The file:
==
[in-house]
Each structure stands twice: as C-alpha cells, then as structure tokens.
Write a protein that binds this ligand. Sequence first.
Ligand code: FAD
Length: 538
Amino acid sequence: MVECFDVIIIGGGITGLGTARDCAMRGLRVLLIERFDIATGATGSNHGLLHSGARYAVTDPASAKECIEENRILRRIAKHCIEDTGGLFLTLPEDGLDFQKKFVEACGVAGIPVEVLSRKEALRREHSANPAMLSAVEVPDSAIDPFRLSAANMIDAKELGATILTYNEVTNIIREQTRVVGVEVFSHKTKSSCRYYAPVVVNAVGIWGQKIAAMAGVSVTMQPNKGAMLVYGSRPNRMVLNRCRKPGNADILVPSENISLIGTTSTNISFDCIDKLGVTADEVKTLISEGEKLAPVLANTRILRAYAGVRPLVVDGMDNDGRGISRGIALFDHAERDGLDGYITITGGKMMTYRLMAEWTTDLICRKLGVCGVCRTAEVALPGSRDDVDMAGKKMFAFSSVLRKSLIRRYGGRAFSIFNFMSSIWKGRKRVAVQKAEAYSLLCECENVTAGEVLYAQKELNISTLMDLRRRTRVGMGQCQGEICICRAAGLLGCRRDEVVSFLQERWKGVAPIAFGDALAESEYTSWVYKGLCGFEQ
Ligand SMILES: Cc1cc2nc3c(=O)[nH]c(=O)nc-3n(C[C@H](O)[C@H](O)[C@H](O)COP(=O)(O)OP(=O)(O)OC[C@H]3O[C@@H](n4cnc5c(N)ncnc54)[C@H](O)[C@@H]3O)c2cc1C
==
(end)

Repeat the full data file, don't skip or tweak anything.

[in-house]
Each structure stands twice: as C-alpha cells, then as structure tokens.
Write a protein that binds this ligand. Sequence first.
Ligand code: FAD
Length: 538
Amino acid sequence: MVECFDVIIIGGGITGLGTARDCAMRGLRVLLIERFDIATGATGSNHGLLHSGARYAVTDPASAKECIEENRILRRIAKHCIEDTGGLFLTLPEDGLDFQKKFVEACGVAGIPVEVLSRKEALRREHSANPAMLSAVEVPDSAIDPFRLSAANMIDAKELGATILTYNEVTNIIREQTRVVGVEVFSHKTKSSCRYYAPVVVNAVGIWGQKIAAMAGVSVTMQPNKGAMLVYGSRPNRMVLNRCRKPGNADILVPSENISLIGTTSTNISFDCIDKLGVTADEVKTLISEGEKLAPVLANTRILRAYAGVRPLVVDGMDNDGRGISRGIALFDHAERDGLDGYITITGGKMMTYRLMAEWTTDLICRKLGVCGVCRTAEVALPGSRDDVDMAGKKMFAFSSVLRKSLIRRYGGRAFSIFNFMSSIWKGRKRVAVQKAEAYSLLCECENVTAGEVLYAQKELNISTLMDLRRRTRVGMGQCQGEICICRAAGLLGCRRDEVVSFLQERWKGVAPIAFGDALAESEYTSWVYKGLCGFEQ
Ligand SMILES: Cc1cc2nc3c(=O)[nH]c(=O)nc-3n(C[C@H](O)[C@H](O)[C@H](O)COP(=O)(O)OP(=O)(O)OC[C@H]3O[C@@H](n4cnc5c(N)ncnc54)[C@H](O)[C@@H]3O)c2cc1C